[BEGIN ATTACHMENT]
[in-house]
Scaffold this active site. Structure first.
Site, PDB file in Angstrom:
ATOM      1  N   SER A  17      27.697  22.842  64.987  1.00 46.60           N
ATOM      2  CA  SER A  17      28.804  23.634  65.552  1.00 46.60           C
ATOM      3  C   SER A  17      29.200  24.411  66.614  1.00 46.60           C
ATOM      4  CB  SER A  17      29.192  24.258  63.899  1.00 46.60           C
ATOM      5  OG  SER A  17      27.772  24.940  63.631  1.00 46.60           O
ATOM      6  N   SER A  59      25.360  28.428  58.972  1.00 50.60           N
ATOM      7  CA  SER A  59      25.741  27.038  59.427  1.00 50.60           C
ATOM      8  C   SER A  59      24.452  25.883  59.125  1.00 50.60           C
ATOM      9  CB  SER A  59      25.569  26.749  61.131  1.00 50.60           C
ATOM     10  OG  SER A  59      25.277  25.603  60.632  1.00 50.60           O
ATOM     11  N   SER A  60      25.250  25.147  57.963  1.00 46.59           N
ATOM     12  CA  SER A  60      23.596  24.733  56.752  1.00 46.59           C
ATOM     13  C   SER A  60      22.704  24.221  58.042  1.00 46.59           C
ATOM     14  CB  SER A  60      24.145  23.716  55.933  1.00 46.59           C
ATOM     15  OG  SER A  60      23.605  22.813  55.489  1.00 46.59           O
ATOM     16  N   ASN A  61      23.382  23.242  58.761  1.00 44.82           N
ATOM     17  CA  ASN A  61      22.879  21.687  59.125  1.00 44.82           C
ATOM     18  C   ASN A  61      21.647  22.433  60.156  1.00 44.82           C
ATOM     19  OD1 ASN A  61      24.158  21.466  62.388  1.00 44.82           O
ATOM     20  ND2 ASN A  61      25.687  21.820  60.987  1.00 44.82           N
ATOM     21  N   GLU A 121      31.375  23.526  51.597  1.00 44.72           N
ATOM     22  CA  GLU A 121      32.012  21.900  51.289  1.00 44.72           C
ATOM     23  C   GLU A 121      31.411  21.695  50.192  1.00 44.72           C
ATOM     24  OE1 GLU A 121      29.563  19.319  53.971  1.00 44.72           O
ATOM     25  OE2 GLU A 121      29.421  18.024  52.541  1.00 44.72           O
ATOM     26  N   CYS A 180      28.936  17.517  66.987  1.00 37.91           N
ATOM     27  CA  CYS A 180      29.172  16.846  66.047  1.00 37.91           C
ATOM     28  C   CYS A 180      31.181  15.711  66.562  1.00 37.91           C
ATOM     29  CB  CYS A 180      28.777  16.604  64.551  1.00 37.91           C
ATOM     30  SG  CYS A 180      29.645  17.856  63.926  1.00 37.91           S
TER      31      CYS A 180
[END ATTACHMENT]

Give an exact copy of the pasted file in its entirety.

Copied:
[in-house]
Scaffold this active site. Structure first.
Site, PDB file in Angstrom:
ATOM      1  N   SER A  17      27.697  22.842  64.987  1.00 46.60           N
ATOM      2  CA  SER A  17      28.804  23.634  65.552  1.00 46.60           C
ATOM      3  C   SER A  17      29.200  24.411  66.614  1.00 46.60           C
ATOM      4  CB  SER A  17      29.192  24.258  63.899  1.00 46.60           C
ATOM      5  OG  SER A  17      27.772  24.940  63.631  1.00 46.60           O
ATOM      6  N   SER A  59      25.360  28.428  58.972  1.00 50.60           N
ATOM      7  CA  SER A  59      25.741  27.038  59.427  1.00 50.60           C
ATOM      8  C   SER A  59      24.452  25.883  59.125  1.00 50.60           C
ATOM      9  CB  SER A  59      25.569  26.749  61.131  1.00 50.60           C
ATOM     10  OG  SER A  59      25.277  25.603  60.632  1.00 50.60           O
ATOM     11  N   SER A  60      25.250  25.147  57.963  1.00 46.59           N
ATOM     12  CA  SER A  60      23.596  24.733  56.752  1.00 46.59           C
ATOM     13  C   SER A  60      22.704  24.221  58.042  1.00 46.59           C
ATOM     14  CB  SER A  60      24.145  23.716  55.933  1.00 46.59           C
ATOM     15  OG  SER A  60      23.605  22.813  55.489  1.00 46.59           O
ATOM     16  N   ASN A  61      23.382  23.242  58.761  1.00 44.82           N
ATOM     17  CA  ASN A  61      22.879  21.687  59.125  1.00 44.82           C
ATOM     18  C   ASN A  61      21.647  22.433  60.156  1.00 44.82           C
ATOM     19  OD1 ASN A  61      24.158  21.466  62.388  1.00 44.82           O
ATOM     20  ND2 ASN A  61      25.687  21.820  60.987  1.00 44.82           N
ATOM     21  N   GLU A 121      31.375  23.526  51.597  1.00 44.72           N
ATOM     22  CA  GLU A 121      32.012  21.900  51.289  1.00 44.72           C
ATOM     23  C   GLU A 121      31.411  21.695  50.192  1.00 44.72           C
ATOM     24  OE1 GLU A 121      29.563  19.319  53.971  1.00 44.72           O
ATOM     25  OE2 GLU A 121      29.421  18.024  52.541  1.00 44.72           O
ATOM     26  N   CYS A 180      28.936  17.517  66.987  1.00 37.91           N
ATOM     27  CA  CYS A 180      29.172  16.846  66.047  1.00 37.91           C
ATOM     28  C   CYS A 180      31.181  15.711  66.562  1.00 37.91           C
ATOM     29  CB  CYS A 180      28.777  16.604  64.551  1.00 37.91           C
ATOM     30  SG  CYS A 180      29.645  17.856  63.926  1.00 37.91           S
TER      31      CYS A 180